In Part I of this post we examined the close connection between the OFCCP’s focus on pay equity and the hiring of veterans and individuals with disabilities (IWD’s) in 2014 and President Obama’s agenda. We continue here by comparing the President’s agenda and actions regarding LGBT workers and other, more general workers’rights issues with those of the OFCCP during 2014.
I. LGBT Workers:
A. President Obama: The President has made clear his intentions to ensure that anti-discrimination laws include bans on discrimination based on sexual orientation and gender identity. In 2014 he issued an Executive Order amending E.O. 11478, thereby banning discrimination in the military based on sexual orientation and gender identity. The President openly supports the passage of the Employment Nondiscrimination Act (ENDA), which has passed in the Senate but has not yet passed in the House. Apparently frustrated with Congress’ lack of progress, on July 31, 2014, President Obama issued Executive Order 13672, which amends Executive Order 11246 to prohibit sexual orientation and gender identity discrimination.
B. The OFCCP: Along with his Executive Order, the President issued a memorandum to the OFCCP to in turn issue an implementing rule, which it did, and which should take effect in early April 2015. Included in this rule is a requirement that the contractors and sub-contractors include relevant language in their EEO clauses.
II. General Workers’ Rights Protections and Issues:
A. President Obama: President Obama’s openly pro-worker agenda is obvious in numerous contexts. He has appointed pro-labor members to the National Labor Relations Board, which in turn is a much more activist Board than previous ones. He has supported and urged Congress to pass the Employee Free Choice Act, which would make it easier for workers to form unions and would significantly curtail an employer’s right to oppose them. The EFCA has stalled in the Senate. The NLRB has ruled that mandatory arbitration provisions in employment agreements violates the NLRA, but has been overruled by at least one federal circuit court of appeals. While it has again issued a ruling invalidating or at least curtailing such provisions, the issue is far from settled. It is only a matter of time before the issue is appealed again. Until either the US Supreme Court rules on the issue or Congress passes legislation either validating or invalidating mandatory arbitration provisions, the issue will continue to be in a state of flux. Here again, the President has exerted at least a measure of control using Executive Orders as a vehicle.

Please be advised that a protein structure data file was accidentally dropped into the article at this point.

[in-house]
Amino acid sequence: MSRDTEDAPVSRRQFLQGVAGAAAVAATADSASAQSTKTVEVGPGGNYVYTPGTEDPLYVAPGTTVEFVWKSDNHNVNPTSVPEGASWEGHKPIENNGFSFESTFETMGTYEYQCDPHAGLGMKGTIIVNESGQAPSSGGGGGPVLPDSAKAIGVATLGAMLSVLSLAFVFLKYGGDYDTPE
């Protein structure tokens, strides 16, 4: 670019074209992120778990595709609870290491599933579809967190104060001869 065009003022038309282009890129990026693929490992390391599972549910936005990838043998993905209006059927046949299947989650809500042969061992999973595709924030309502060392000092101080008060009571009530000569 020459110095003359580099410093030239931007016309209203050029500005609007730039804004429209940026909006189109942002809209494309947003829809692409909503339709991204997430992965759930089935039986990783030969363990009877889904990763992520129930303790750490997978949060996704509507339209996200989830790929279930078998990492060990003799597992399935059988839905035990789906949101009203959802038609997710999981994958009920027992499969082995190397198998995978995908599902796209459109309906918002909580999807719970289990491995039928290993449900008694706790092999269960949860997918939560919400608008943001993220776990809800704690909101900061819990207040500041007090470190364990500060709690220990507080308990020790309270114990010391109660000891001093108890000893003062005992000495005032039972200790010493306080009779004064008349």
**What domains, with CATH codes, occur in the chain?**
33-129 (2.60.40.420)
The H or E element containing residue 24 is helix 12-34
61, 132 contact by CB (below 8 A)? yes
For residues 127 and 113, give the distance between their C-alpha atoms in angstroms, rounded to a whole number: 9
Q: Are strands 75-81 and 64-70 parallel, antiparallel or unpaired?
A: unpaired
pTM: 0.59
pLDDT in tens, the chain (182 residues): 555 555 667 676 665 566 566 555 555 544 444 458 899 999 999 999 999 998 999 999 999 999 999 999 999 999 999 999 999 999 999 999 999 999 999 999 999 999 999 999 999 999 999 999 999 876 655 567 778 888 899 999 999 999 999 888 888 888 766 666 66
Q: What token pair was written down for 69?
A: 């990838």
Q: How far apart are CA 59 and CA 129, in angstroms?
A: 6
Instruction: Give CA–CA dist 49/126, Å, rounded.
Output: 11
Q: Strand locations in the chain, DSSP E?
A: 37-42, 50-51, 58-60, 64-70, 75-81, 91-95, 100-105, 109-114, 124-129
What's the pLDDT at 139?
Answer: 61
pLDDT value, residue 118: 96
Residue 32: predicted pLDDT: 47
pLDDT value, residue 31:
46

The President on July 31 signed E.O. 13673, the Fair and Safe Workplaces Executive Order, which requires contractors during the bidding/solicitation process for contracts of $500,000 or more to disclose any violations of federal or state anti-discrimination, safety, wage and hour and leave laws in the three years prior to the bidding/solicitation. Contractors may also disclose steps it has taken to correct any such violations. In addition, this Executive Order requires contractors to provide their employees with notification of wages, hours worked, overtime and deductions within each pay period; if they are being classified as independent contractors, then federal contractors must notify them as such. Finally, subject to some narrow exceptions, in contracts of $1million or more, contractors cannot require employees to enter into binding arbitration of Title VII or other sexual harassment/assault claims. In this last prohibition, you can see that what he has been unable to achieve in the larger context, he has managed to impose in the federal contracting world. While the President did, of course, direct the OFCCP to implement regulations, it looks like it may be awhile before we see them, as full implementation is not expected to begin until 2016 (Stay tuned for more on that in Part III of this series.)